Code Enforcement Strike Teams’ Prosecution Results in Biggest Civil and Criminal Fines Ever
June 30, 2008
- An illegal boarding house owner will have to pay more than $23,900 in civil and criminal penalties.
- These fines are the largest ever resulting from a case by the Enhanced Code Enforcement Strike Teams.
- Since their inception last June, the teams have prosecuted more than 132 civil and criminal cases.
Marking its one-year anniversary, Fairfax County’s Strike Teams have won the largest fines ever against an illegal boarding house owner. The courts imposed more than $23,900 in fines against Nelson Hernandez of 5809 Hanover Ave., Springfield.
“When we created the Code Enforcement Strike Teams one year ago, the Board of Supervisors wanted to send a message into the community that willful violation of fire, health and zoning standards would not be tolerated,” said Board of Supervisors Chairman Gerald E. Connolly. “The recent successes of the Strike Teams are proof that conditions are improving, and we anticipate even greater progress with a third team hitting the streets this month.”
Hernandez was convicted of violating zoning, building and fire safety codes. The strike teams found multiple occupants living in five basement bedrooms. These bedrooms lacked the required emergency exits, and the ceiling was lined with Styrofoam, creating a major fire hazard.
To date, the teams have prosecuted 132 civil and criminal cases, and the teams have investigated more than 350 cases in total. Last June, their first criminal case produced a $1,000 fine for Raimundo Guevara, co-owner of 6306 Dana Ave., Springfield. The teams also prosecuted a case last year that resulted in jail time for another boarding house owner.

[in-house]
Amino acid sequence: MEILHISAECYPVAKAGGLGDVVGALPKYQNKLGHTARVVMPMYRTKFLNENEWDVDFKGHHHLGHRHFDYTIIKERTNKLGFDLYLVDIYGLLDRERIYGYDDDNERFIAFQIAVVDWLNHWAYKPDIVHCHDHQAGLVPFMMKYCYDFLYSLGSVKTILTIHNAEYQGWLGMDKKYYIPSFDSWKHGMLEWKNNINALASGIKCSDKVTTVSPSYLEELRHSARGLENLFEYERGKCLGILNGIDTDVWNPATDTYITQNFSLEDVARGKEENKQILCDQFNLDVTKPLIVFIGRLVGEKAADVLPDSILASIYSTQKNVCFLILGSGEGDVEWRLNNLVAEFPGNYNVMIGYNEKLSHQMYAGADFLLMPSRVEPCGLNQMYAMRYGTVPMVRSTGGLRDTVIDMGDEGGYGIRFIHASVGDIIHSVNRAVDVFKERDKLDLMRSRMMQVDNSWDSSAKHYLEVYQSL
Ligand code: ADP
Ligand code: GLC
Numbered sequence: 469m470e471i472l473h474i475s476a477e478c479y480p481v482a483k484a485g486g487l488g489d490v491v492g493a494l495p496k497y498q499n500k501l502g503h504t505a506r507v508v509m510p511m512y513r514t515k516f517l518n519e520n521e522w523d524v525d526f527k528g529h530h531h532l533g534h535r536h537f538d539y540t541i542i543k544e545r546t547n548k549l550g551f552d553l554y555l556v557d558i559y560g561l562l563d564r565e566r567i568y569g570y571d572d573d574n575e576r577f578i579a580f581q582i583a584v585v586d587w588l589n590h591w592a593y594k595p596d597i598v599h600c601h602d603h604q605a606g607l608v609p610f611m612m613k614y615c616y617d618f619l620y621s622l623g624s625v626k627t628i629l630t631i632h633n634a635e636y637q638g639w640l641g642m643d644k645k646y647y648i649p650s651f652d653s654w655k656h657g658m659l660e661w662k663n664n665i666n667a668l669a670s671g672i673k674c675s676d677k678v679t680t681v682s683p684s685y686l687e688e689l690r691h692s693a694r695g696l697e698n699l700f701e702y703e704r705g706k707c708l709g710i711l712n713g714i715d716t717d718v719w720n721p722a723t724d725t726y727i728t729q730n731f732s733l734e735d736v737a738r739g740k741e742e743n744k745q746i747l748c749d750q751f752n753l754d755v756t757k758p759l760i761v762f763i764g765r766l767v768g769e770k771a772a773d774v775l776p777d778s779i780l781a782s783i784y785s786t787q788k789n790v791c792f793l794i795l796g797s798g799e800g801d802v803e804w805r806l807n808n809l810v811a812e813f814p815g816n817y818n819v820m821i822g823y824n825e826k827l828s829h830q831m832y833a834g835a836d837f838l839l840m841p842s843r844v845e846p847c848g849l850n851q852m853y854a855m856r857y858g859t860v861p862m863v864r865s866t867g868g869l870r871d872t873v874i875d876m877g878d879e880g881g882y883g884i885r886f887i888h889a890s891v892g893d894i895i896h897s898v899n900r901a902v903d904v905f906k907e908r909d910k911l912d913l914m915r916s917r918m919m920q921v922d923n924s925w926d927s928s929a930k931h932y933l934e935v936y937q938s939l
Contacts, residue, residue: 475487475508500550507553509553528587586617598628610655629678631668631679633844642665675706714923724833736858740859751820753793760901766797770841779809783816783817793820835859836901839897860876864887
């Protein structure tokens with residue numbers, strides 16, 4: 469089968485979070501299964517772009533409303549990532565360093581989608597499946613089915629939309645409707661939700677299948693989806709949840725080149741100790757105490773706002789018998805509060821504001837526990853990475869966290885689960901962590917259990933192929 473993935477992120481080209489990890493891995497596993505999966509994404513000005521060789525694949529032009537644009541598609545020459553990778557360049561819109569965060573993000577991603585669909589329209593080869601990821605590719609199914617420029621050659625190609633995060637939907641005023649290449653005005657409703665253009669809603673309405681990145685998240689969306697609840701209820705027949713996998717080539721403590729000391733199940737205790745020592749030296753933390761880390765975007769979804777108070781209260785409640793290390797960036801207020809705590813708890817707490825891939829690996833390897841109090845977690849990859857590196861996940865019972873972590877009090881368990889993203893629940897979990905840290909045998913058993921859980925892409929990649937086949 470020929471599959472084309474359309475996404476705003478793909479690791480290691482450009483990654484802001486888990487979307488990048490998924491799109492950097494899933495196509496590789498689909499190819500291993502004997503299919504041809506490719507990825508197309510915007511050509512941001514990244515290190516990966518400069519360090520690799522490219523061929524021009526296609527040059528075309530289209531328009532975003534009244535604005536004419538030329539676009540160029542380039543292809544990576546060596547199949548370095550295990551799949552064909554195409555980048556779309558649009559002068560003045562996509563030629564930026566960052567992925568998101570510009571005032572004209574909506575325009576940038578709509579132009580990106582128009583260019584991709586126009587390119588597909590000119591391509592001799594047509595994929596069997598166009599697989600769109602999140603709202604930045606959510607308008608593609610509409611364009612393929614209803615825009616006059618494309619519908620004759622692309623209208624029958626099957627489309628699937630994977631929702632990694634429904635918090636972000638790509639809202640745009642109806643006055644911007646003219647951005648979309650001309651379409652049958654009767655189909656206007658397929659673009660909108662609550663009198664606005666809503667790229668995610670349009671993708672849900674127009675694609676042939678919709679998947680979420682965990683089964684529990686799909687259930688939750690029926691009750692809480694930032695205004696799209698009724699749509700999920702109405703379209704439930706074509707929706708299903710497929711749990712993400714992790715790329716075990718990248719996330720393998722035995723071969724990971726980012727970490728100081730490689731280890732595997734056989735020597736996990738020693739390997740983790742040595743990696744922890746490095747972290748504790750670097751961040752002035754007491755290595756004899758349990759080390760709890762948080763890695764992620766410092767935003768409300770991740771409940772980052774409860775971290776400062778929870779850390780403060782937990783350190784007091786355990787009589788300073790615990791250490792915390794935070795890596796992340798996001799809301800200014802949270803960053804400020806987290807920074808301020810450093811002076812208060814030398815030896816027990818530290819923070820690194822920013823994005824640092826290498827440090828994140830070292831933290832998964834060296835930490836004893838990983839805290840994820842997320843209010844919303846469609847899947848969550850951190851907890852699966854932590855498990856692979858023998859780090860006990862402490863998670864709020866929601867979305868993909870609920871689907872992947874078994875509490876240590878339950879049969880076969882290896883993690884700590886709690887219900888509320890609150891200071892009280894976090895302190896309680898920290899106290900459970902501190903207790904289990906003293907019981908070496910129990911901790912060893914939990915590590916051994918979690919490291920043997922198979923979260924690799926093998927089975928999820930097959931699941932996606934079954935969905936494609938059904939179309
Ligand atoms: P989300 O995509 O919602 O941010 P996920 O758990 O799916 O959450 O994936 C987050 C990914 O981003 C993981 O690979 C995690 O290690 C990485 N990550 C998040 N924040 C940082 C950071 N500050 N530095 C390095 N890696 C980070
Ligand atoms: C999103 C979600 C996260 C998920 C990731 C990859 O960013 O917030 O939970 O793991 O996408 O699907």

This year the Fairfax County Board of Supervisors funded the creation of a third strike team. It became operational this month.
Residents can report a suspected illegal boarding house online.
The Enhanced Code Enforcement Strike Teams are responsible for investigating residential properties suspected to be illegal boarding houses or with suspected violations. While the teams first seek voluntary compliance to remedy violations, they will bring civil or criminal prosecution to stop landlords who are profiting from systematically violating zoning, building and safety ordinances.
For more information, call Merni Fitzgerald, Office of Public Affairs, at 703-324-3187, TTY 711.
Fairfax County Office of Public Affairs
12000 Government Center Parkway, Suite 551
Fairfax, VA 22035-0065
Contact: Merni Fitzgerald, Director of Public Affairs
703-324-3187, TTY 711, Fax 703-324-2010
Media Pager: 703-324-NEWS (6397)
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